Views: 560, Replies: 6 » Jump to the end
Oct 22, 2015 6:01 PM CST
'Mary Ethel Anderson' is a semi-evergreen diploid introduced in 1995 by Salter-E.H.. Jeff and Elizabeth Salter hybridize at Rollingwood Garden in Gainesville, Florida.
More information can be found on the Salter's Rollingwood Garden website:
Mary Ethel Anderson is a mid-season to late bloomer with possible rebloom. It has been converted to a tetraploid. It has earned the following AHS awards: Award of Merit: 2002, Honorable Mention: 1999, DFM: 2000, FS: 1997 It is pod and pollen fertile and has 15 registered children: http://garden.org/plants/paren...
This plant can be found in the ATP Plant Database at:
Daylily (Hemerocallis 'Mary Ethel Anderson') .
Please join in, if you own this plant! We would love to know more! I award an acorn for performance information posted to this thread.
Also, please consider adding a "Local Report" to the ATP Plant Database! Thank you!
Daylily (Hemerocallis 'Mary Ethel Anderson')
What lies behind us and what lies before us are tiny matters, compared to what lies within us.
Garden Rooms and Becky's Budget Garden
Oct 23, 2015 8:59 AM CST
|There's my girl Love Love Mary Ethel|
Not much to add, just a favorite of mine. I love the MEA section in the daylily show here. Her petal color seems to vary a tad, eye color doesnt, you always know its MEA.
Oct 23, 2015 10:46 AM CST
Laugh and the world laughs with you. Cackle maniacally and people back away from you slowly.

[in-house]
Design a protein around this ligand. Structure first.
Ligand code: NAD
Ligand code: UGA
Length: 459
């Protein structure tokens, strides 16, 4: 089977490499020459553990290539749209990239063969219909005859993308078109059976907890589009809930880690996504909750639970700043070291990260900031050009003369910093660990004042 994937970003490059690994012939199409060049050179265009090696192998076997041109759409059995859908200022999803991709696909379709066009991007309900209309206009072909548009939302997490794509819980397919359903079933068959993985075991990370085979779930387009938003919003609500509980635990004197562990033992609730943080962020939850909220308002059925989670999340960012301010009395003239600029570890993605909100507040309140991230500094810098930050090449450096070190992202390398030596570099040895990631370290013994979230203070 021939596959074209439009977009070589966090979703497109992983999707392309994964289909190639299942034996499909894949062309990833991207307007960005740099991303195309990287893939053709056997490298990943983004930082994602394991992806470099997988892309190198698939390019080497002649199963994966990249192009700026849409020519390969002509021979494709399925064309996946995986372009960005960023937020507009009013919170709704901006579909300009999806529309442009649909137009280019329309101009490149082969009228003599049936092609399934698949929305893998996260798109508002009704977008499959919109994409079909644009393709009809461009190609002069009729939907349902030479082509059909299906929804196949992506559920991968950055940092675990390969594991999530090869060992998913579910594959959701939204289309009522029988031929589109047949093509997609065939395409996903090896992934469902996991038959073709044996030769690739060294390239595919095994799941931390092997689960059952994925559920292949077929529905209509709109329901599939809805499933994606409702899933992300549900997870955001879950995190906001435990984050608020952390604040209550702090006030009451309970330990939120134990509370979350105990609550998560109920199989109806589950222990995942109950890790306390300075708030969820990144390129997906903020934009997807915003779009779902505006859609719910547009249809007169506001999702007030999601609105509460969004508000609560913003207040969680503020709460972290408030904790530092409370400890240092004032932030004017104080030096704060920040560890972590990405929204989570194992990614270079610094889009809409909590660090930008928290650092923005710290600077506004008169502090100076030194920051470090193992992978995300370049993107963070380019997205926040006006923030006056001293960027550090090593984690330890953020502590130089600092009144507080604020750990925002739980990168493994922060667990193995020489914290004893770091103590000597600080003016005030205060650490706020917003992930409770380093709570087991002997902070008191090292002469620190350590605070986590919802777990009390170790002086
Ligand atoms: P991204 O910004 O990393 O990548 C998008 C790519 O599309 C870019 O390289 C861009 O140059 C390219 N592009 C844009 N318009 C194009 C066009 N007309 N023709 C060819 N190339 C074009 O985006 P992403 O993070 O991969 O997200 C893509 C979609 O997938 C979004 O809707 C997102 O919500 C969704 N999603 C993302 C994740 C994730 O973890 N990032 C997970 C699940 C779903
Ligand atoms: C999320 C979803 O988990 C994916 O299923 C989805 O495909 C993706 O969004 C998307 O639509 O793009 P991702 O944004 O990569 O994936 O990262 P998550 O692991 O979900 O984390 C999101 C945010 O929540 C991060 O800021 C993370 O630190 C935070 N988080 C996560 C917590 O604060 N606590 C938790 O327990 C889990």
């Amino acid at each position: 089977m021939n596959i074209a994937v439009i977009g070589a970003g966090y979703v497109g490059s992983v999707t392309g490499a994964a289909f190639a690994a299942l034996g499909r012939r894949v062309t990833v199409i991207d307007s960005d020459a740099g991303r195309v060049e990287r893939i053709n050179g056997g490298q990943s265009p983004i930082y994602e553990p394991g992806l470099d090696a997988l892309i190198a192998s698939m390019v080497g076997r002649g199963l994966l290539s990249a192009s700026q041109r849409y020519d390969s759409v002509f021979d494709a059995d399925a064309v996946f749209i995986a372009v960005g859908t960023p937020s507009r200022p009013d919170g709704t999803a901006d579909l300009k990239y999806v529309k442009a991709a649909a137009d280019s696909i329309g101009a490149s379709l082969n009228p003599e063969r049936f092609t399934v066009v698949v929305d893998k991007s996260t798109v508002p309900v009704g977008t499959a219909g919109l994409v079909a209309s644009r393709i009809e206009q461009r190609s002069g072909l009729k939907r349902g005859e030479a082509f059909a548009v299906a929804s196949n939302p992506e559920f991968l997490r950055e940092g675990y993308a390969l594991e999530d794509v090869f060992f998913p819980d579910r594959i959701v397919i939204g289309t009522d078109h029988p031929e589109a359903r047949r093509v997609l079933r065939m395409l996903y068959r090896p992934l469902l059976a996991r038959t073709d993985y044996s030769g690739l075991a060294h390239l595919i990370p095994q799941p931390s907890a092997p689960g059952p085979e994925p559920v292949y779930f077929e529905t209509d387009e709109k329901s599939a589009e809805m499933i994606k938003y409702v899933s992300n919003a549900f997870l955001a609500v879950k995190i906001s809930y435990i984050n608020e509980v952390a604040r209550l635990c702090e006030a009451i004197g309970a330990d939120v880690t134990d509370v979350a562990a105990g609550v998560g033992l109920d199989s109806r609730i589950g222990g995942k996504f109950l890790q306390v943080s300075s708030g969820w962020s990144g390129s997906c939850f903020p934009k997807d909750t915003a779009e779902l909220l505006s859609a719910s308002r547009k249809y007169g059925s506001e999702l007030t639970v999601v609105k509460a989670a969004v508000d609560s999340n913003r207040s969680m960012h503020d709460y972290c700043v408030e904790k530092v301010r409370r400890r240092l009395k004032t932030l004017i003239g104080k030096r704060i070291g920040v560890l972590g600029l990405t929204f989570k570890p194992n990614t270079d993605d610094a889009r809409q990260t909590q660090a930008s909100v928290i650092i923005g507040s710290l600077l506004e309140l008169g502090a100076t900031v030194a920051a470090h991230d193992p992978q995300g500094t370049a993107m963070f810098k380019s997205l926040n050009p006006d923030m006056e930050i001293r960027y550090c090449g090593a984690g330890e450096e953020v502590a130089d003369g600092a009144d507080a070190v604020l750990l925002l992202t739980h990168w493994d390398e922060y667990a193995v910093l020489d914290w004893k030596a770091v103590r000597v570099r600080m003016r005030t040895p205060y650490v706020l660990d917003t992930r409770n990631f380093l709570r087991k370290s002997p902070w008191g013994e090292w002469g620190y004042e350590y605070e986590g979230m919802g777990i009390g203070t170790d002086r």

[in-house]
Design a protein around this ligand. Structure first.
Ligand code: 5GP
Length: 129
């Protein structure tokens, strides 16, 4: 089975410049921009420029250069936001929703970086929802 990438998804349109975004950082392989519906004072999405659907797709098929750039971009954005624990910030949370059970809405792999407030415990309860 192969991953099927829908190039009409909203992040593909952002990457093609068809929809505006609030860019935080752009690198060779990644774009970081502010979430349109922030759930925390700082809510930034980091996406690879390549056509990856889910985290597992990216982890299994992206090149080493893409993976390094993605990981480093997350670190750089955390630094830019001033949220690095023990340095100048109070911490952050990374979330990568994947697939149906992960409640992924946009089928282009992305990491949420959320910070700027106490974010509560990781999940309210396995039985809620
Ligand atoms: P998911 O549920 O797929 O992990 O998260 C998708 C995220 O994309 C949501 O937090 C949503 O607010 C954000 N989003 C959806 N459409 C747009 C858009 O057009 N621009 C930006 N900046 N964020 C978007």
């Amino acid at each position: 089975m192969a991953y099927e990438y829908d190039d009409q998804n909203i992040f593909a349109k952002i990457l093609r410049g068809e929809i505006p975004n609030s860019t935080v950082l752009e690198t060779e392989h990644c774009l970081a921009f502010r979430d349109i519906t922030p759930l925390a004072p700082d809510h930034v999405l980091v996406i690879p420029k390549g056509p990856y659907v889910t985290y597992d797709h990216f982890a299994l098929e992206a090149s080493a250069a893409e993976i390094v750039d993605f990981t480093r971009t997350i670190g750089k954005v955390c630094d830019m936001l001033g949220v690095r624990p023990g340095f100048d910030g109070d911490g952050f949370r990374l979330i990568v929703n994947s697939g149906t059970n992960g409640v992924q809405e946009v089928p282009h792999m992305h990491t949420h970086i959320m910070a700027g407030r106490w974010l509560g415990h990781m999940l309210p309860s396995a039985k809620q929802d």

Oct 23, 2015 8:24 PM CST
|I've grown this Daylily Mary Ethel Anderson for several years and always blooms beautiful in my garden. It is a favorite of mine and when in bloom will call you across the yard. It continues to Rebloom every year two or three times in my 8b zone garden|
Oct 24, 2015 8:30 AM CST
|I got this little cutie fall 2013 at the recommendation of fellow ATPers and I am not disappointed! Front of the bed border plant as it is very short. Adorable little blooms. No data on fertility.|
Love what you teach and teach what you love!
Oct 25, 2015 1:52 AM CST
|My Mary Ethel Andersons have just started flowering this week. I find the cultivar an excellent garden plant. Well, to be honest, when I first planted it, it was not - it was a dismal performer. When wet, it looked bedraggled and, when dry, it looked withered. The blooms were too few and buds dropped. So, four years ago, I dug it up and divided it into four fans and replanted throughout the garden. The results were miraculous. The four separate fans took off like rockets and it has been one of my best bloomers since (one clump subsequently flowered 11 months straight. Amazing). Here it first blooms from about mid-October to early November and often reblooms through to March.|
I am a great believer in this technique: if a daylily plant isn't going well, dig it up, trim foliage and roots, divide and move.
My present clumps respond well to fertiliser and Epsom salts and boom when mulched with alfalfa or lucerne pellets. Raid your guinea pig's pellets if you have too. Don't use the mulch because alfalfa has a strong tap root if it becomes established in amongst the fans from seeds in the mulch. Hose the pellets into the soil.
Here in the subtropics MEA acts as an evergreen with no decrease in foliage over winter. It is fairly tolerant of rust and usually only needs a leaf trim.
The only problem I can think of with MEA is a generic difficulty: I am never quite sure where to place miniatures in a large garden of daylilies. How do other people effectively situate miniatures in their gardens?
This is today's bloom.
PS. I have not bred from it but I notice it has many bee pods each year that have viable seed. Mine was sold as a diploid.
PPS. 22 June 2016. After hybridising that summer, I found MEA diploid and easily pod and pollen fertile.